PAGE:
George P. Bush Steps Into Role as Dad's Surrogate, by Patrick Svitek — Land Commissioner George P. Bush made his debut this week as a surrogate for his dad's presidential campaign. The younger Bush hit the campaign trail in early-voting Nevada, making a pitch for his father in personal and political terms.
Supreme Court: Texas Can Ban Confederate License Plates, by Aman Batheja — In a 5-4 ruling released Thursday morning, the U.S. Supreme Court backed Texas’ decision to forbid specialty license plates sporting an image of the Confederate flag.
Law Extends Electric Bill Help for Poor Texans, by Jim Malewitz — Low-income Texans can enjoy a discount on their electricity bills for a little longer. Gov. Greg Abbott on Wednesday signed legislation ensuring that the remaining balance of the state’s “System Benefit Fund” would go toward that purpose.
The Day Ahead
• Gov. Greg Abbott speaks at 12:45 p.m. at the Fort Worth Metropolitan Black Chamber of Commerce's 35th Annual Award Luncheon
• Abbott has a Sunday deadline to veto the bills lawmakers passed in the 2015 session. Anything he doesn't veto automatically becomes law.
Supreme Court Says Texas Can Reject Confederate Flag License Plates, The New York Times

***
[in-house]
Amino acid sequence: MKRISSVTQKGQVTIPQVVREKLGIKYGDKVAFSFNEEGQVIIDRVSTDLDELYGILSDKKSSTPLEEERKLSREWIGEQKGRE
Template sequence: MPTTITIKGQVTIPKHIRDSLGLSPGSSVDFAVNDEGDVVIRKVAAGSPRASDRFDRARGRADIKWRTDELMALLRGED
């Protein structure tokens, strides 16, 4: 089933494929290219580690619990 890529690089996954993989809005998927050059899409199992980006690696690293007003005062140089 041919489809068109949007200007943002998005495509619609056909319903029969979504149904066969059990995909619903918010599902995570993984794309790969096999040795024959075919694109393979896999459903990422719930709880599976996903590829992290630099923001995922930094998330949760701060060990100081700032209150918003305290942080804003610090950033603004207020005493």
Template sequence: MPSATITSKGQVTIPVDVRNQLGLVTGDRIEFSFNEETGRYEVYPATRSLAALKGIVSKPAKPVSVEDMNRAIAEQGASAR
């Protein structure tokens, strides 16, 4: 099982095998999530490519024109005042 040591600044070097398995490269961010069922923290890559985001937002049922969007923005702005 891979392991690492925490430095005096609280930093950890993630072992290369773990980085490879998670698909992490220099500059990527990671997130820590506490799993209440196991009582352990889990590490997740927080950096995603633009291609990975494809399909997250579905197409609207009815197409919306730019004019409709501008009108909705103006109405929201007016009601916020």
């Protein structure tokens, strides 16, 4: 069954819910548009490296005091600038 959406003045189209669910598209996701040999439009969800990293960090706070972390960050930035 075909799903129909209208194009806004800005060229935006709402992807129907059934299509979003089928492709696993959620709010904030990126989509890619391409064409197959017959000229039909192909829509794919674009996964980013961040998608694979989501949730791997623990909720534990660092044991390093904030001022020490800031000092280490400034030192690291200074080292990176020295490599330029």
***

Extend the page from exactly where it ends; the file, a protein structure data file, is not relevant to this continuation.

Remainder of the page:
Texas’ specialty license plates have raised nearly $200 million since 1994; here’s a look at the numbers, The Dallas Morning News
More Texas abortion clinics on verge of closing, Fort Worth Star-Telegram
Ag commissioner’s anti-obesity strategy frees schools to deep-fry, San Antonio Express-News
Perry moves up in latest Iowa caucus poll, The Dallas Morning News
Wal-Mart calls state liquor laws discriminatory, Austin American-Statesman
Houston legislator recalls fight for Juneteenth holiday, Houston Chronicle
Regent's fight with UT could reignite with lawsuit, The Dallas Morning News
Tom Benson found competent to rule estate, San Antonio Express-News
FreedomWorks head leaves for Rand Paul PAC amid turmoil, Politico
Quote to Note
"Make no mistake. You're going to see a lot of Bushes."
— George P. Bush telling an audience in Reno, Nevada, that his father, Jeb Bush, will use the Bush last name as an advantage as he seeks the 2016 GOP nomination.
News From Home
• If you missed the event, here's the video of yesterday's conversation on Texas Monthly's biennial list of the best and worst legislators, with Tribune CEO and Editor-in-Chief Evan Smith and Texas Monthly's Erica Grieder and R.G. Ratcliffe.
• By the end of the 84th legislative session, state lawmakers reached many compromises on the 2016-17 budget and tax cuts. See what lawmakers decided — and how they got there — with our Texas Legislative Guide.
Trib Events for the Calendar
• A Conversation About Health Care and the 84th Legislature on June 24 at UT Health Science Center San Antonio
• A Conversation About Houston and the 84th Legislature on June 29 at George R. Brown Convention Center in Houston
• The Texas Tribune Festival on Oct. 16-18 at the University of Texas at Austin